Methods: The MEDLINE, EMBASE, Cochrane Library, the China National Knowledge Infrastructure database, the Chinese Biomedical Literature database and the Wanfang database were searched up to June 2014 with no language restrictions. Summary estimates, including 95% confidence intervals (CI), were calculated for global symptom improvement, abdominal pain improvement, and Symptom Severity Scale (BSS) score.

Results: Seven trials (N=954) were included. The overall risk of bias assessment was low. SJZT showed significant improvement for global symptom compared to placebo (RR 1.61; 95% CI 1.24, 2.10; P =0.0004; therapeutic gain = 33.0%; number needed to treat (NNT) = 3.0). SJZT was significantly more likely to reduce overall BSS score (SMD -0.67; 95% CI -0.94, -0.40; P < 0.00001) and improve abdominal pain (RR 4.34; 95% CI 2.64, 7.14; P < 0.00001) than placebo. The adverse events of SJZT were no different from those of placebo.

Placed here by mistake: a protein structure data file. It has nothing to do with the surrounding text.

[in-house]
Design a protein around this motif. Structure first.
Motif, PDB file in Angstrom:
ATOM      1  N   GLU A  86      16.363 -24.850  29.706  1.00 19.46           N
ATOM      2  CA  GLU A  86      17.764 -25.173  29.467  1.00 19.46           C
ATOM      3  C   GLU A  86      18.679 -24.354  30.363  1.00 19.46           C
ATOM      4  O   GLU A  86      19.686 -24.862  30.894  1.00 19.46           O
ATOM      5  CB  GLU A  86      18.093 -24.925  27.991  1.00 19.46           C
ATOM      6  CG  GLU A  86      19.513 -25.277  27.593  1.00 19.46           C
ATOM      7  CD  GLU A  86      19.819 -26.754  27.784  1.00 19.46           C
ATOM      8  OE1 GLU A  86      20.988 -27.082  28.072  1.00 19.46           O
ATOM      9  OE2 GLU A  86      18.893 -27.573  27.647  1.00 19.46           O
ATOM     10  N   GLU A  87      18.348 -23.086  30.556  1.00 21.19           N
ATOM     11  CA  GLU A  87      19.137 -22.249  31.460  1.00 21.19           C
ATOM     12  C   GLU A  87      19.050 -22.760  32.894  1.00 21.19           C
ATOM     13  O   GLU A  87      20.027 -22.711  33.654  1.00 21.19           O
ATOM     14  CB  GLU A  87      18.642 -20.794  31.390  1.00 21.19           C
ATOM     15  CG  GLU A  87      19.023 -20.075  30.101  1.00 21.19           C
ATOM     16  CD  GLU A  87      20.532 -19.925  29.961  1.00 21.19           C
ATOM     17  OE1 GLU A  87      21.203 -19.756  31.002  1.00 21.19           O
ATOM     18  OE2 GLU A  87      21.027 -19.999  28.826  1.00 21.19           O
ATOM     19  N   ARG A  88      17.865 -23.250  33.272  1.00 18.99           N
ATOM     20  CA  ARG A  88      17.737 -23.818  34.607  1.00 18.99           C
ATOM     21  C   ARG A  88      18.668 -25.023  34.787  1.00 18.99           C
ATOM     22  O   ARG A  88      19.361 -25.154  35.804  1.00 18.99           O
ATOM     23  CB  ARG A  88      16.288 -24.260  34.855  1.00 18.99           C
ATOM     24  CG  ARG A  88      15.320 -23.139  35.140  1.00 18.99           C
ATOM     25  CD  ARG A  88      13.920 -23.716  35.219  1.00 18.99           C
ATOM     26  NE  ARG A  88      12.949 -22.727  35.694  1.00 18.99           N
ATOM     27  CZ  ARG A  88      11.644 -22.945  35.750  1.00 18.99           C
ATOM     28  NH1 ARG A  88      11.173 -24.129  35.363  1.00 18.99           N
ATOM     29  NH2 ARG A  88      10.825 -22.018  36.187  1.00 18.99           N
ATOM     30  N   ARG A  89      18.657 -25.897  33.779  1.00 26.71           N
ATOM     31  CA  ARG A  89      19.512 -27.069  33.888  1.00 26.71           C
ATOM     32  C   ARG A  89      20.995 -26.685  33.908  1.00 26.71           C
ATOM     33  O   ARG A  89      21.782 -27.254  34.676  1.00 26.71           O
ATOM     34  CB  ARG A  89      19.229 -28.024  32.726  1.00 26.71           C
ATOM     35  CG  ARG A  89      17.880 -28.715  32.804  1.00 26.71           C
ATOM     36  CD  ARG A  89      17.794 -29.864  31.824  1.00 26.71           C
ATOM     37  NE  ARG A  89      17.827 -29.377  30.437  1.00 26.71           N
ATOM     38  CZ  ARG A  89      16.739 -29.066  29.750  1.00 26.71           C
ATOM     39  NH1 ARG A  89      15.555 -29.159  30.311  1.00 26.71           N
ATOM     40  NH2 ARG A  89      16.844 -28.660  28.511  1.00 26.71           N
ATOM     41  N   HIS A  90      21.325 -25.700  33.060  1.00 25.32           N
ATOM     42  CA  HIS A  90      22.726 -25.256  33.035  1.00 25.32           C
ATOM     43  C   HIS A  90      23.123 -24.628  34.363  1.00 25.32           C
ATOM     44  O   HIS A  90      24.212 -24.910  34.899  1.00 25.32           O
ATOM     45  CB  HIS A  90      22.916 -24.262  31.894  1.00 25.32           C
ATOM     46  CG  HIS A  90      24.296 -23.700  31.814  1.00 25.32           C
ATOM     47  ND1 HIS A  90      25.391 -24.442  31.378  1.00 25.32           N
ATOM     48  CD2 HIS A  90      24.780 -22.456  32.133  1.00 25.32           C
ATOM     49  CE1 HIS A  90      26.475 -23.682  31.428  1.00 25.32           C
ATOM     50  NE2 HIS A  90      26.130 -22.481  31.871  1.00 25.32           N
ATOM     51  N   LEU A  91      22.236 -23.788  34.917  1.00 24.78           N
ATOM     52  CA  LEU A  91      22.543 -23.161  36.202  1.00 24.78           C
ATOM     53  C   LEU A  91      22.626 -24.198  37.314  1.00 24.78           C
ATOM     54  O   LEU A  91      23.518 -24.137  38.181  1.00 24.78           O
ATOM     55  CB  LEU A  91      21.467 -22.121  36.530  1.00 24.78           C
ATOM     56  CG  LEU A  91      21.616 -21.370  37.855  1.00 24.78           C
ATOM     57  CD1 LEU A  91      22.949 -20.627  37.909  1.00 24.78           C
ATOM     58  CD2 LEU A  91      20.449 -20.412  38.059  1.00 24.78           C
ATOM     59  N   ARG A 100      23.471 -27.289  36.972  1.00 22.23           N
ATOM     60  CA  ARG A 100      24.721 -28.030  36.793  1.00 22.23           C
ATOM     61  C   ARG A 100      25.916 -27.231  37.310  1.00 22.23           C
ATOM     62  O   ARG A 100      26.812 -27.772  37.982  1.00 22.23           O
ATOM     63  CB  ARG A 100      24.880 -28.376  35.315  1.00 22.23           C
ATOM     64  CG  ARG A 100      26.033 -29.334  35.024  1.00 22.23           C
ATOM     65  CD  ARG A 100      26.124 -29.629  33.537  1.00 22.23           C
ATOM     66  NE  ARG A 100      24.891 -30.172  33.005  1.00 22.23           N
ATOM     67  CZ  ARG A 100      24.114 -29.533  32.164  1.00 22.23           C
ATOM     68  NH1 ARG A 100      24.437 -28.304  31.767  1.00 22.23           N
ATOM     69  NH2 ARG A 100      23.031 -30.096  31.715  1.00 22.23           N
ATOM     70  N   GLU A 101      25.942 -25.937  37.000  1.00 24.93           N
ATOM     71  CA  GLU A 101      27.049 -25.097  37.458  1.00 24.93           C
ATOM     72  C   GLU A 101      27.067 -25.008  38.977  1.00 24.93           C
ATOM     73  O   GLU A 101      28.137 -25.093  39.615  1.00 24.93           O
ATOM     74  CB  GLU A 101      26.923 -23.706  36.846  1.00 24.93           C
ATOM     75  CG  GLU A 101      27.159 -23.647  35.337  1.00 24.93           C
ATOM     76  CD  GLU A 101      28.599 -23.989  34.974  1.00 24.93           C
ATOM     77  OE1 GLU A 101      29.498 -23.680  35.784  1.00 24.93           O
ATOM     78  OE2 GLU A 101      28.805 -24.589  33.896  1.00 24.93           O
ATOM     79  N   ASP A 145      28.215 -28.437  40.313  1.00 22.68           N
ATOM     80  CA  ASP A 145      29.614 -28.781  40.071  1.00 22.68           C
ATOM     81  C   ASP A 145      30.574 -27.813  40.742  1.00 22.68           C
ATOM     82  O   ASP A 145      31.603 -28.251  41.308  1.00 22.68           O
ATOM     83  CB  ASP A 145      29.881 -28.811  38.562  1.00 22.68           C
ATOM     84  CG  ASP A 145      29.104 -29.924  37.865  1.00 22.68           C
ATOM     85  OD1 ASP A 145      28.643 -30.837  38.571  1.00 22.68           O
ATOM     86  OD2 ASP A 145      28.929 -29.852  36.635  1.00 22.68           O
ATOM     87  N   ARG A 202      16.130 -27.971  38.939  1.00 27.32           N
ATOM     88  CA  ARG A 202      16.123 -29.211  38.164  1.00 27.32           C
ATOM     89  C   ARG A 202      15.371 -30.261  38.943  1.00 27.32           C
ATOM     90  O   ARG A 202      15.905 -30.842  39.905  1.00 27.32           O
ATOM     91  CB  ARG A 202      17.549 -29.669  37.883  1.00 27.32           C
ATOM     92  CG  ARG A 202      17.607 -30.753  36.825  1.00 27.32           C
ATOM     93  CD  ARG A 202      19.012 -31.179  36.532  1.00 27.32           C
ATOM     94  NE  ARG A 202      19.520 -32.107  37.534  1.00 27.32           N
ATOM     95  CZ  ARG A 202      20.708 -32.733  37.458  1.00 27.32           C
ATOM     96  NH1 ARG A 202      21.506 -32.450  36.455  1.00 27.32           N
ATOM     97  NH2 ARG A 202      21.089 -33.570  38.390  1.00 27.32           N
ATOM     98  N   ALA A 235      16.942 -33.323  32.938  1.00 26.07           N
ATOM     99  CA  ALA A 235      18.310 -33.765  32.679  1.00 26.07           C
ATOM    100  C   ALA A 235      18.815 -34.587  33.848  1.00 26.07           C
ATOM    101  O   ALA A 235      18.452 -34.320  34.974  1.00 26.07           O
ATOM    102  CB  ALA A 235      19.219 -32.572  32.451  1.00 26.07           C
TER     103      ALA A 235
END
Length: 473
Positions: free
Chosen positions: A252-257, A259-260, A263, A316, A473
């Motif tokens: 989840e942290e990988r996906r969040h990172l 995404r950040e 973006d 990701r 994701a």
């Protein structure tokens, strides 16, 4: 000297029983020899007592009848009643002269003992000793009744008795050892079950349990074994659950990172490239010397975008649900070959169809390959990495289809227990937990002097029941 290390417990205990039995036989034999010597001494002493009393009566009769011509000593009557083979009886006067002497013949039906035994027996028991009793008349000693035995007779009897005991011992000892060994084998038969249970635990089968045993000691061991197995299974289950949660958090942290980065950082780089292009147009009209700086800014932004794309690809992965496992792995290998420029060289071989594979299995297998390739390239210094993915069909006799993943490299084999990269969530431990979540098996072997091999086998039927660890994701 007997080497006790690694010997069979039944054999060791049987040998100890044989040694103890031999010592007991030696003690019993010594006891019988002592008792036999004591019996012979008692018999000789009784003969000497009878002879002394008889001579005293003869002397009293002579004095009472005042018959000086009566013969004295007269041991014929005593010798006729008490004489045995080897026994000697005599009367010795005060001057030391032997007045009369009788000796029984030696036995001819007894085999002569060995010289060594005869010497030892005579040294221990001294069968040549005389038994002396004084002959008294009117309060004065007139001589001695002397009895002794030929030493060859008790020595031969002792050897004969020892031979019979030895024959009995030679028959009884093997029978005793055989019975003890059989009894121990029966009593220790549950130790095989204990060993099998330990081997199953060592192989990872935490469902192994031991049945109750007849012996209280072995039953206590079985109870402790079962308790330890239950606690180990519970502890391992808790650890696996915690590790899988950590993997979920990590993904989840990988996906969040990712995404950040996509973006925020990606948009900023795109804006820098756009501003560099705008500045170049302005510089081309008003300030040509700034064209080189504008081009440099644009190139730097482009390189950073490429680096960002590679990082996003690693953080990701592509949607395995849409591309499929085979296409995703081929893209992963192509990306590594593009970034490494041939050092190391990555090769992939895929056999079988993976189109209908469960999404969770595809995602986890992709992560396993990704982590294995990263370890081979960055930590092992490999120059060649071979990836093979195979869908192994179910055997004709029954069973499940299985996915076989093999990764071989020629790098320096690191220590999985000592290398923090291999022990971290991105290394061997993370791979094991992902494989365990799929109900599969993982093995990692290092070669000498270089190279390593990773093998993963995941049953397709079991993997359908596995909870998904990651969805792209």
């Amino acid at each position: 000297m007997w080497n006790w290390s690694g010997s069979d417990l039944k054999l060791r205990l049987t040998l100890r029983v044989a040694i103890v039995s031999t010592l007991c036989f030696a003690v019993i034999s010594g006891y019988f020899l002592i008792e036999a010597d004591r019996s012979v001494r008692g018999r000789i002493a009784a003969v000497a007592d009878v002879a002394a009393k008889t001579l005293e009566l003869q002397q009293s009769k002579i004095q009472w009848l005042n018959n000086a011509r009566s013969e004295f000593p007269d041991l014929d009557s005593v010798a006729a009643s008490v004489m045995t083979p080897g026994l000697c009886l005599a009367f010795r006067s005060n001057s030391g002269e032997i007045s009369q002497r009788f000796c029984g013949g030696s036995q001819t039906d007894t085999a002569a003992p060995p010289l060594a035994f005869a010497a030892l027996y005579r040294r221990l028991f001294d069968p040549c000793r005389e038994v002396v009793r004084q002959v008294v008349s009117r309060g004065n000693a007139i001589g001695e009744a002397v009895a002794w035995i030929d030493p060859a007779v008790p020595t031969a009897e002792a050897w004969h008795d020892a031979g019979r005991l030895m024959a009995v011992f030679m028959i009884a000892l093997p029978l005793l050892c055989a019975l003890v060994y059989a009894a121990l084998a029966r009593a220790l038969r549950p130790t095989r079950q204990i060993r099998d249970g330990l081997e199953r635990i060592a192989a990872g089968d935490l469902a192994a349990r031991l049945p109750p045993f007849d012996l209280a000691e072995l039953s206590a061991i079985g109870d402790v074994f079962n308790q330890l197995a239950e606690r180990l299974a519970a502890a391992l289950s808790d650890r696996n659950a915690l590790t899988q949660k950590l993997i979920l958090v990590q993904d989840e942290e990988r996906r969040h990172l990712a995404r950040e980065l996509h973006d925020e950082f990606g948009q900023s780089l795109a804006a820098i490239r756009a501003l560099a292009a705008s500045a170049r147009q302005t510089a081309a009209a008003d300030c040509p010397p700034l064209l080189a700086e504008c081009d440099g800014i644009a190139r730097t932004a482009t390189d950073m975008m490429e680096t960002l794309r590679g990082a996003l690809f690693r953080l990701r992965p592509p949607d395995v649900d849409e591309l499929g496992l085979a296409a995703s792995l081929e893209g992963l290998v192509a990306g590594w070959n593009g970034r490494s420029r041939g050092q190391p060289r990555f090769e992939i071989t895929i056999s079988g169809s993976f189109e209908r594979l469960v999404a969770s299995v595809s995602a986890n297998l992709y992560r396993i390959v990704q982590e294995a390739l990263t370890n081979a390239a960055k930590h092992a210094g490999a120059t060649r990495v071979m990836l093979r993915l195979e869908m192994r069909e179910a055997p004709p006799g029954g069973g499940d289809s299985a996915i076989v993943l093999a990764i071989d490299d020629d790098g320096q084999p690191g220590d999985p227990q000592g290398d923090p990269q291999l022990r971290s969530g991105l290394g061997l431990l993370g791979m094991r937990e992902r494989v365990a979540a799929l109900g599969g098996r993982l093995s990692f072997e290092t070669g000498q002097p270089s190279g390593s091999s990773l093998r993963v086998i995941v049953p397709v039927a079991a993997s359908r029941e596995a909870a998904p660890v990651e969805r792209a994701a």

Conclusions: This meta-analysis suggests that SJZT is an effective and safe therapy option for patients with IBS-D. However, due to the high clinical heterogeneity and small sample size of the included trials, further standardized preparation, large-scale and rigorously designed trials are needed.

No MeSH data available.


Related in: MedlinePlus